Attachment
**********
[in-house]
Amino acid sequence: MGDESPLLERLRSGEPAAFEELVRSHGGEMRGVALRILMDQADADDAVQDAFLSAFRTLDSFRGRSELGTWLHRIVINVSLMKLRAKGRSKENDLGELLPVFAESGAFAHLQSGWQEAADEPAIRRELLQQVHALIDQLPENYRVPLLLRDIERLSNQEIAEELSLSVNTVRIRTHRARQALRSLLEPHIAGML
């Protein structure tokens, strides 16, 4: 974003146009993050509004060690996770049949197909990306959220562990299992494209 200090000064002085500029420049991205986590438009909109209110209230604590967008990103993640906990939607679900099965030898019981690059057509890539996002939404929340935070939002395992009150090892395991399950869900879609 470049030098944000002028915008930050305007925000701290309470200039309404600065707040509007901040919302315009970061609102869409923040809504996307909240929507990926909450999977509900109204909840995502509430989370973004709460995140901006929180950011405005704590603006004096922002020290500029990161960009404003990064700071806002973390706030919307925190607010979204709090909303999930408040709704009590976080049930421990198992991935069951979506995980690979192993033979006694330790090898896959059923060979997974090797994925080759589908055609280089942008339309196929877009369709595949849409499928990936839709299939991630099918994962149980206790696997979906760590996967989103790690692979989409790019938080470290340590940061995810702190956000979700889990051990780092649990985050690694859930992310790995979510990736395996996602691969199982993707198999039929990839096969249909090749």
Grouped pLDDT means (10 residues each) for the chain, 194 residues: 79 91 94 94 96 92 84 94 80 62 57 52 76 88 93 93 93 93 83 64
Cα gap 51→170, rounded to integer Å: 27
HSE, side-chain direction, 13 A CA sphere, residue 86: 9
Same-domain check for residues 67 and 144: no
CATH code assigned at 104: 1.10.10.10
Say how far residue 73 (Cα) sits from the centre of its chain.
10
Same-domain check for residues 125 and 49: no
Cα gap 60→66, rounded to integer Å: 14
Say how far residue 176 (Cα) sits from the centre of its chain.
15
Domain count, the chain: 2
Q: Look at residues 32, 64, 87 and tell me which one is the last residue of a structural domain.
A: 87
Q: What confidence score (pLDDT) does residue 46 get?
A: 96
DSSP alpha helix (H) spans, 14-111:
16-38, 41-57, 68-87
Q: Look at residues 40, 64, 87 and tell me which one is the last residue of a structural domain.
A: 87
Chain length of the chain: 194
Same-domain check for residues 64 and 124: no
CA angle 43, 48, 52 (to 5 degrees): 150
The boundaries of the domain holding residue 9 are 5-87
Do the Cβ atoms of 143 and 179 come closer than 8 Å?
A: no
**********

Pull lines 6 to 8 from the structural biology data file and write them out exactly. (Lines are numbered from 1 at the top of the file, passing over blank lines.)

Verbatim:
HSE, side-chain direction, 13 A CA sphere, residue 86: 9
Same-domain check for residues 67 and 144: no
CATH code assigned at 104: 1.10.10.10